The north side of the Stutfield Peaks have some impressive cliffs.
Looking past Snow Dome towards Athabasca and Andromeda.
Looking past Snow Dome towards Athabasca and Andromeda.
Looking back to North Twin Peak.
Looking back to North Twin Peak.
Getting higher. As you can see - the terrain is very gentle here.
Getting higher. As you can see - the terrain is very gentle here.
TJ probes carefully around the summit area while the rest of us enjoy the fabulous views and HOT sun!
TJ probes carefully around the summit area while the rest of us enjoy the fabulous views and HOT sun!
Mount Athabasca with the Silverhorn route showing ice and the AA route visible too.
Mount Athabasca with the Silverhorn route showing ice and the AA route visible too.
Mount Andromeda's impressive Skyladder route also shows quite a bit of ice for this time of the year.
Mount Andromeda's impressive Skyladder route also shows quite a bit of ice for this time of the year.
On the summit of Mount Kitchener.
On the summit of Mount Kitchener.
Mount King Edward with Tsar in the background.
Mount King Edward with Tsar in the background.
Mount Columbia.
Mount Columbia.
Bryce, Columbia, King Edward and the Twins.
Bryce, Columbia, King Edward and the Twins.
Snow Dome.
Snow Dome.
Forbes, the Lyells and Alexandra.
Forbes, the Lyells and Alexandra.
Pano includes Athabasca, Andromeda, Forbes, Lyells and Alexandra.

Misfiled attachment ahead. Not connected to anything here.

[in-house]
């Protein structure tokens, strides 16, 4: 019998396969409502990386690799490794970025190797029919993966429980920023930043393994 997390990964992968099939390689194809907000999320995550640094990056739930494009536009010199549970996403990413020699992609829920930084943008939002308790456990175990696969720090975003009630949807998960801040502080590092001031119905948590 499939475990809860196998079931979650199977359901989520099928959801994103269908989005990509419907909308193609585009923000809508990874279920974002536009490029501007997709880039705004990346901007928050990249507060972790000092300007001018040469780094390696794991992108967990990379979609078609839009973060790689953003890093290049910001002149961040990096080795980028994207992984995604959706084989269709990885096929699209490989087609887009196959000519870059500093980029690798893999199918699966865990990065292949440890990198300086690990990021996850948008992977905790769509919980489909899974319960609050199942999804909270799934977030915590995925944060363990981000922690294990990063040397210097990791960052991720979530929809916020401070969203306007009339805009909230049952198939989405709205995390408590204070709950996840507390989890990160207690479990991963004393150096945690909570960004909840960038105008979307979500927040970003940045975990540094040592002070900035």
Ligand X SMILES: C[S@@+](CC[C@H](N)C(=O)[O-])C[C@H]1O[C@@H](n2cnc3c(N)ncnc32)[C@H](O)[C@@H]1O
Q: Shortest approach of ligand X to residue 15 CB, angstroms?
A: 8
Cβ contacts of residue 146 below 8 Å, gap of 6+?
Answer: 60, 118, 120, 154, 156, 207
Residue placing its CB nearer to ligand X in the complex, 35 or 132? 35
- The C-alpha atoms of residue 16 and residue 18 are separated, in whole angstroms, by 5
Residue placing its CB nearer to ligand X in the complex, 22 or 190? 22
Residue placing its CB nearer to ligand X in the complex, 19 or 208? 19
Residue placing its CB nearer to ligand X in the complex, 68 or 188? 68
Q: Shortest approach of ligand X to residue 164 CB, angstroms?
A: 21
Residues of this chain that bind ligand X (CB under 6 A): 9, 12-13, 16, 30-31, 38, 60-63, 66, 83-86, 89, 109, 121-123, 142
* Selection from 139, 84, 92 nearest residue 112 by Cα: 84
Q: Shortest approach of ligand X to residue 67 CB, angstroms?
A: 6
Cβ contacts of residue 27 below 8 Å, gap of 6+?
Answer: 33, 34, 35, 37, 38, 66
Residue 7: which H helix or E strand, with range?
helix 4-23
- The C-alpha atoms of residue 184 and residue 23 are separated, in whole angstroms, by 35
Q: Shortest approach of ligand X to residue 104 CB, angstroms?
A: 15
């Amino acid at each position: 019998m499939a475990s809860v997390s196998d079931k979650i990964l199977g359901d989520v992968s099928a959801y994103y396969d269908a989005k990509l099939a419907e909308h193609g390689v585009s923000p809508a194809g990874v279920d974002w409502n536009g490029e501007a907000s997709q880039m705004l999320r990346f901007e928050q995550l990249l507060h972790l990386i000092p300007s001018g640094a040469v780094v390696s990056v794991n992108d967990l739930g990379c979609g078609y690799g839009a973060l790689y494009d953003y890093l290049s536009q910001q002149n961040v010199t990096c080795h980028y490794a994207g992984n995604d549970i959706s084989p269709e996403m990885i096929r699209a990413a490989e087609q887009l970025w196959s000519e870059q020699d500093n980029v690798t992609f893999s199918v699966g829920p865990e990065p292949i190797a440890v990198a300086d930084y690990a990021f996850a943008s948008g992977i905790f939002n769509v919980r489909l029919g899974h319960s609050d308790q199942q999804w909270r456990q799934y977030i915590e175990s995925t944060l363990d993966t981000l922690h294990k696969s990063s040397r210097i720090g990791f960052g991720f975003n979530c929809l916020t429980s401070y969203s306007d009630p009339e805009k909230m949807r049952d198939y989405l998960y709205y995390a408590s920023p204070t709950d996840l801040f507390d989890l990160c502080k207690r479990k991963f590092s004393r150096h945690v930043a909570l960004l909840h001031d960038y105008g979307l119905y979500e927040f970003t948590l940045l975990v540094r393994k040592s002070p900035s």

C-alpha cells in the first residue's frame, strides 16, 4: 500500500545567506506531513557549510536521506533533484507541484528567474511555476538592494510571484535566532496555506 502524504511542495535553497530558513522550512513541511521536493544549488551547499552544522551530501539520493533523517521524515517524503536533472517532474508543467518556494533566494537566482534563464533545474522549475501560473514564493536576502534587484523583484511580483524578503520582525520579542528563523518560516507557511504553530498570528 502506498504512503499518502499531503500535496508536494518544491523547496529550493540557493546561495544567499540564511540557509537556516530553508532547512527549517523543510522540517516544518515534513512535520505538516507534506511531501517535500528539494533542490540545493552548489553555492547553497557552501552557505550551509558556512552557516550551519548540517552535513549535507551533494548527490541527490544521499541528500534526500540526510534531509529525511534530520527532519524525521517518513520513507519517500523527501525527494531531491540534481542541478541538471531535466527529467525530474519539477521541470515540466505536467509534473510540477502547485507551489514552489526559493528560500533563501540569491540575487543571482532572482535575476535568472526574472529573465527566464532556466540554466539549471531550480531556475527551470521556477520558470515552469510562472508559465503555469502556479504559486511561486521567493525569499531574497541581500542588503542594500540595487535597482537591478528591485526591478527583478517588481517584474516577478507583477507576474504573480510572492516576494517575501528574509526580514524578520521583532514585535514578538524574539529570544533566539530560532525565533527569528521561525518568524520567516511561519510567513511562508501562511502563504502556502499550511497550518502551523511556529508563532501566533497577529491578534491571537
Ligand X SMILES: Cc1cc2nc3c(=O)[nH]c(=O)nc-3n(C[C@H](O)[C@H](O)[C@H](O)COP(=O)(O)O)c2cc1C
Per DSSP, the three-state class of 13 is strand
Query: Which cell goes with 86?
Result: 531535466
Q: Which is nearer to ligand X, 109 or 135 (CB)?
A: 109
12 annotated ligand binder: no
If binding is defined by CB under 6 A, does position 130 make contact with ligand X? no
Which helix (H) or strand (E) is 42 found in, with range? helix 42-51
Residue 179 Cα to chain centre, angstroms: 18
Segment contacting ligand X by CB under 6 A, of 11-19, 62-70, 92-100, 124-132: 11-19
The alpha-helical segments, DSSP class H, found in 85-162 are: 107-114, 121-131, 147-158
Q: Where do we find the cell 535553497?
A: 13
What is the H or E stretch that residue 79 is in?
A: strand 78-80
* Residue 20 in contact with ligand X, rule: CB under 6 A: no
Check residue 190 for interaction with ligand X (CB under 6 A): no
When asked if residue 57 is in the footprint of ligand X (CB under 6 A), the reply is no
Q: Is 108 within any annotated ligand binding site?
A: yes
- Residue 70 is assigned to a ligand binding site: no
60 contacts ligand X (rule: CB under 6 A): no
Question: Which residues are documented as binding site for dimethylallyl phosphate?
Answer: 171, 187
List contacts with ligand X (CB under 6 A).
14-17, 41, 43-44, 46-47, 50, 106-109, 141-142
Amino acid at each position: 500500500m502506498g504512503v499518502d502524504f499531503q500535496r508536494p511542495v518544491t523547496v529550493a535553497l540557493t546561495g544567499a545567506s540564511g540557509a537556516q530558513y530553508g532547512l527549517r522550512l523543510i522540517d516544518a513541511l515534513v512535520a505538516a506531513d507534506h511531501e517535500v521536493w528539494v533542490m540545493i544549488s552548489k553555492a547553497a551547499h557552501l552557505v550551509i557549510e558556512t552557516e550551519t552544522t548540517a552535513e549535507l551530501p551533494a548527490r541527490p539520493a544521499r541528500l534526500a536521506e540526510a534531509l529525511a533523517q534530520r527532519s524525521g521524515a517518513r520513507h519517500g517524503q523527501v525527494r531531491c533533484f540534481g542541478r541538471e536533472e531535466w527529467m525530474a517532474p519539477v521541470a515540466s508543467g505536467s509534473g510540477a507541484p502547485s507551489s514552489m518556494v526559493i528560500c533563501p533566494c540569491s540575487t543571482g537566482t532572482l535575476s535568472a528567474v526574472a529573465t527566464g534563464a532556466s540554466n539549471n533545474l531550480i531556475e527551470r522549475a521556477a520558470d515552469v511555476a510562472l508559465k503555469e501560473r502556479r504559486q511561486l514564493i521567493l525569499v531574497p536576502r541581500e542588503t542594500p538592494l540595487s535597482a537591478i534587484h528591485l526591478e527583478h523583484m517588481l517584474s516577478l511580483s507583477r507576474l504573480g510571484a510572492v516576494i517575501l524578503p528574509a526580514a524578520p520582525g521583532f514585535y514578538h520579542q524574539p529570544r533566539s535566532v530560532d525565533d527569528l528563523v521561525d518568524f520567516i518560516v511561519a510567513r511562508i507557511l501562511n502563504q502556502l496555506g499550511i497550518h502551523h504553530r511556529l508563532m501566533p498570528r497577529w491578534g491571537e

Pano includes Athabasca, Andromeda, Forbes, Lyells and Alexandra.
Pano includes Athabasca, Andromeda, Forbes, Lyells and Alexandra.
Pano includes Athabasca, Andromeda, Forbes, Lyells and Alexandra.
Forbes, the Lyells and Oppy.
Forbes, the Lyells and Oppy.
The Adamant Range and Sir Sanford are clearly visible.
The Adamant Range and Sir Sanford are clearly visible.
Columbia and King Edward.
Columbia and King Edward.
Looking over at Snow Dome from part way down Kitchener
Looking over at Snow Dome from part way down Kitchener
The Columbia Icefield.
The Columbia Icefield.
Another ski team on the way up Mount Kitchener.
Another ski team on the way up Mount Kitchener.
Mount Alberta shows up over the Stuts as I ski down Kitchener.
Mount Alberta shows up over the Stuts as I ski down Kitchener.
Looking back up at the summit of Kitchener - you can barely see the others from my group and another group just above them.
Looking back up at the summit of Kitchener - you can barely see the others from my group and another group just above them.
Our tiny camp on the huge icefield.
Our tiny camp on the huge icefield.